For reasons that could only makes sense to a child who didn’t understand much about life, getting through high school without reading a book was a point of pride for me. I aced tests on Wuthering Heights thinking that Heathcliff was a cat and only remembered Winston Smith’s name when the exam came around, because I had a pack of smokes in my jacket pocket. Quizzes were copied off of smarter, more attentive students. Homework assignments were completed before first period in the hallway, where I’d perfected an assembly-line process of cribbing answers from several different students so as to camouflage my deceit. I was, to say the least, very, very good at not learning. I was a ninja of perpetual ignorance, swatting away knowledge from ten subjects at once. Hi-YAH!
Back then, ridiculous as it seems now, I looked at every assignment as a threat to my independence. An amalgam of ego, fear, laziness and absolutism bent every interaction with teachers into a “me-against-the-world” battle. The stakes weren’t understanding vs. ignorance, they were independence vs. slavery. I loved words. I loved language. I loved argument, rhetoric and song, but I hated the thought that someone could choose for me what I needed to know.
As such, I simply refused to read.
Yet, somehow upon graduation — with my shitty transcript and informational vacuity — I was accepted to university where I assumed the battle for ignorance and self would continue with my professors. That, of course, didn’t happen. Not one of them gave a furry rat’s ass if I studied or not.
As the Fates would have it, I also had contracted mononucleosis the summer after graduation, so when I went to sleep-away college in September, I was unable to participate in the initial months of binge drinking and elevator vomiting with the guys on my dorm floor. While all my new friends were off terrorizing the adjoining girls’ building, I laid in bed and stared at the ceiling — no computer to distract me, no stereo on which to play music, no meticulously collated and preserved collection of Hustler magazines.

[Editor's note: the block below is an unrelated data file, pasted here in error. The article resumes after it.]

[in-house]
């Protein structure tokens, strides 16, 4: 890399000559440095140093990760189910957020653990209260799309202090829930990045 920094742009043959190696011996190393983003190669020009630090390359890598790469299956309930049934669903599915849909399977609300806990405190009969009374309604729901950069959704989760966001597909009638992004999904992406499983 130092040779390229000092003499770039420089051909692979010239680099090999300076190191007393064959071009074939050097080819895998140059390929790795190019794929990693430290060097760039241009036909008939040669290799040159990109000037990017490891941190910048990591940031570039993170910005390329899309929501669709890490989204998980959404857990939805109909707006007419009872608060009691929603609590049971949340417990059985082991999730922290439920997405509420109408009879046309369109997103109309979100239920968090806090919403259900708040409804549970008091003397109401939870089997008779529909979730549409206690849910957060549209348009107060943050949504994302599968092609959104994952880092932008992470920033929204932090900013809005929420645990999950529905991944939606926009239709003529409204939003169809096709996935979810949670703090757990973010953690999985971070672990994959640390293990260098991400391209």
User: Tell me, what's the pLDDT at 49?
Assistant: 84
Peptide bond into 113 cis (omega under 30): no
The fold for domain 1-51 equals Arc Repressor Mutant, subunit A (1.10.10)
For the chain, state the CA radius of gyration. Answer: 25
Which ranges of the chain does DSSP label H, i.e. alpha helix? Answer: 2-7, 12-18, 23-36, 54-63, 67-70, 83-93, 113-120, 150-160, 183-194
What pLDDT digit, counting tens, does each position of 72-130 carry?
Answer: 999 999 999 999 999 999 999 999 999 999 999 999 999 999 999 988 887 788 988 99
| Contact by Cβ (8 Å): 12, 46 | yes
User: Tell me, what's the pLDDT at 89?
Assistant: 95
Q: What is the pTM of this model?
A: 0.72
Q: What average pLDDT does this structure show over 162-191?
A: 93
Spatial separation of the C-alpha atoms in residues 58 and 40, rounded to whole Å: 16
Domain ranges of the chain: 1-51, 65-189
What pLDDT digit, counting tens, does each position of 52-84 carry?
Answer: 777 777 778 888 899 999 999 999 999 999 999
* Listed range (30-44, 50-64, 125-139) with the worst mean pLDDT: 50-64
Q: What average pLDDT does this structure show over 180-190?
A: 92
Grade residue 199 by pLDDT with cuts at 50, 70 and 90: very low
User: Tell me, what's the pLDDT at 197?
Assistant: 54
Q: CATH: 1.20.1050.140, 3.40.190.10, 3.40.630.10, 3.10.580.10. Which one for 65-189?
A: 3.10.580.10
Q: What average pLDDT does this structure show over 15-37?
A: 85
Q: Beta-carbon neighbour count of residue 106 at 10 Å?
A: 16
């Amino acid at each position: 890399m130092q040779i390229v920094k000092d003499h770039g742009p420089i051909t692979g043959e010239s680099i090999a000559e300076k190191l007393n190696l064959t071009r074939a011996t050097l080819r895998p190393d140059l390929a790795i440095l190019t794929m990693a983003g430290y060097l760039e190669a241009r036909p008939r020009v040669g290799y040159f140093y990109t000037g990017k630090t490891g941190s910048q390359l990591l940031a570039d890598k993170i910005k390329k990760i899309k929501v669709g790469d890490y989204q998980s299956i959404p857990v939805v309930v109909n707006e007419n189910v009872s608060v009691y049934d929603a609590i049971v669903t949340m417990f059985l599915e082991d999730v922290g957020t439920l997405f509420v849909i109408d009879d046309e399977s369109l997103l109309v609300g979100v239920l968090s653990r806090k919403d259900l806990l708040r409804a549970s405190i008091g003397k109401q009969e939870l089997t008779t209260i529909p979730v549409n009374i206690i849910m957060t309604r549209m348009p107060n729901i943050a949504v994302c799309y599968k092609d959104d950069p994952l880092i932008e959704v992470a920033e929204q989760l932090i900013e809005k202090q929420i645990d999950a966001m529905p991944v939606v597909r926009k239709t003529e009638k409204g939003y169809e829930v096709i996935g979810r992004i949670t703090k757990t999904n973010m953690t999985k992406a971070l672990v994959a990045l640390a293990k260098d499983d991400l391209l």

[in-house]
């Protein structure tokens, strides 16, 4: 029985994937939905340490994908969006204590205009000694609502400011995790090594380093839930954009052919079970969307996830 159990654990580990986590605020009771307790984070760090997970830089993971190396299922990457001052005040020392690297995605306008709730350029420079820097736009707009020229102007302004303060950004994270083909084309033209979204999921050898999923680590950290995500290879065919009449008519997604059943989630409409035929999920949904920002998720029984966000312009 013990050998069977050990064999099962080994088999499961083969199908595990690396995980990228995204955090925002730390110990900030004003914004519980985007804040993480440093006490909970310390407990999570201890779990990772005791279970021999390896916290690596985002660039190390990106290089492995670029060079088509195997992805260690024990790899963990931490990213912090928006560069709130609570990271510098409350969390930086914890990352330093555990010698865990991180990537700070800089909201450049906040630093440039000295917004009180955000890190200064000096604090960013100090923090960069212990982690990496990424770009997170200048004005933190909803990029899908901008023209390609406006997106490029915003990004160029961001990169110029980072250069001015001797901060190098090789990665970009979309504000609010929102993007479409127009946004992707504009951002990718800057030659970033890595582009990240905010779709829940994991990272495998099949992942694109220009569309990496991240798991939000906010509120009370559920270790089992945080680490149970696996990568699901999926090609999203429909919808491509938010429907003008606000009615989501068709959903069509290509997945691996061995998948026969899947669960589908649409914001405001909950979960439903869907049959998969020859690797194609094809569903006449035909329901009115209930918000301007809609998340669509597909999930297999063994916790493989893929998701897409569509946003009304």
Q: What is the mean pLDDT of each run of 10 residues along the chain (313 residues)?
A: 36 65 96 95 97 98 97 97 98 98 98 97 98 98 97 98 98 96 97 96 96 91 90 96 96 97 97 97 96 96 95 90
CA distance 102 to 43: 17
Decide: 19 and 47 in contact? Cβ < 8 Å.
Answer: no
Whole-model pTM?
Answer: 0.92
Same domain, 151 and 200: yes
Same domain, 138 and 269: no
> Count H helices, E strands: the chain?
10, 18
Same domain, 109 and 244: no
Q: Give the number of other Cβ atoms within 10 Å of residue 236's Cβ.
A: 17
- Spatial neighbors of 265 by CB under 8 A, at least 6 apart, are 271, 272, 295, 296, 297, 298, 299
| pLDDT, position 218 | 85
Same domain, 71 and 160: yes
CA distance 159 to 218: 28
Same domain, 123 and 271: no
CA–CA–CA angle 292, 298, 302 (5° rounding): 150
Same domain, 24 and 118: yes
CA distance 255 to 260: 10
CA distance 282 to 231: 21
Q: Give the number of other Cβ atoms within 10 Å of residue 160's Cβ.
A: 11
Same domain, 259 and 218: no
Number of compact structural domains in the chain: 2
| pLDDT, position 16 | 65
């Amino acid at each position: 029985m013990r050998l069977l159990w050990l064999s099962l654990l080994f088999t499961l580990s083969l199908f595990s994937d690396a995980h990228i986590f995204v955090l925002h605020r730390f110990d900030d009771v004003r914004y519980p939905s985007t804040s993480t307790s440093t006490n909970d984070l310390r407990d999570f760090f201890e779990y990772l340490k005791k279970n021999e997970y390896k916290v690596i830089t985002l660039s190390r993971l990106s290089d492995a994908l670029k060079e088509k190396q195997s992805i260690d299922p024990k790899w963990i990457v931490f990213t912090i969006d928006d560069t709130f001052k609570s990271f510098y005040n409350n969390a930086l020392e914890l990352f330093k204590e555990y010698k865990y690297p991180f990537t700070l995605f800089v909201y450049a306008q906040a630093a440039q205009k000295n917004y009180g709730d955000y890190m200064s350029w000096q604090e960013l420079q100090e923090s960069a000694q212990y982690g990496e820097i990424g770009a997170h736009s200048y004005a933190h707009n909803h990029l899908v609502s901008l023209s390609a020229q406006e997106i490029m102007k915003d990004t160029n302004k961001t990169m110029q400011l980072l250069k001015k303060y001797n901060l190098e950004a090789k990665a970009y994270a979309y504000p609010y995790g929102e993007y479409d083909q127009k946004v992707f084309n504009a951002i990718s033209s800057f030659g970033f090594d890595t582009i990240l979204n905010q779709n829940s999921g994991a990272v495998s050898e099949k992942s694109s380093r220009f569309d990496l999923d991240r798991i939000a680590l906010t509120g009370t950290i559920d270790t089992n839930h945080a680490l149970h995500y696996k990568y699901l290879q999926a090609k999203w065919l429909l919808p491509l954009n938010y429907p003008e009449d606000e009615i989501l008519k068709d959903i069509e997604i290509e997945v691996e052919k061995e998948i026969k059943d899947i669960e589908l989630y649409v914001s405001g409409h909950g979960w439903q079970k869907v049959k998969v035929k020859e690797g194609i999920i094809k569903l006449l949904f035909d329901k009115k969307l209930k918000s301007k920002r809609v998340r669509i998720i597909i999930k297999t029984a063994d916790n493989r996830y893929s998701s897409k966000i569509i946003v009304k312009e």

In short, I had absolutely nothing to do but to read.
I don’t remember where that first book came from, though I like to imagine my father slipping it into my foot locker, knowing that someday I’d join him in the grand and unending conversation that began when a scribe first pressed stylus into clay somewhere along the Fertile Crescent five thousand years ago. I do, however, remember the title: It was a Penguin Paperback copy of Sweet Thursday by John Steinbeck and honest to Christ, I never knew anything could be so beautiful.
In this lifetime, we’re presented with only a handful of truly revelatory moments wherein the tens of thousands of tumblers that make up our consciousness suddenly trip off their precipices and fall into perfection and order. Once this happened to me while overlooking the Atlantic Ocean above the Cliffs of Moher. Suddenly I realized that I didn’t need to know the names of all the birds that wheeled above my head, rather it was enough to recognize their arcing grace and symmetry. They were themselves and codifying them into some Linnaean taxonomical chart didn’t mean a fig to the glory of their flight. Once this happened as I lay, close to death, in a hospital bed and realized that love is the matrix, material and meaning of all life in the universe, nothing more nor less. But before those moments of clarity and truth, was the moment I lay in my dorm room, turning the pages on a story of hope and community among the Monterrey canneries — those life-befouled streets where upon homeless men banded together as brothers and the whores had hearts of gold. For a moment, alone and with no one watching, I sensed the truth that brokenness was a prerequisite for beauty. It happened while reading a passage about a slow-witted, big-hearted character named Hazel. Hazel had just received a horoscope reading from the madame at the local brothel that threatened to change his life unalterably.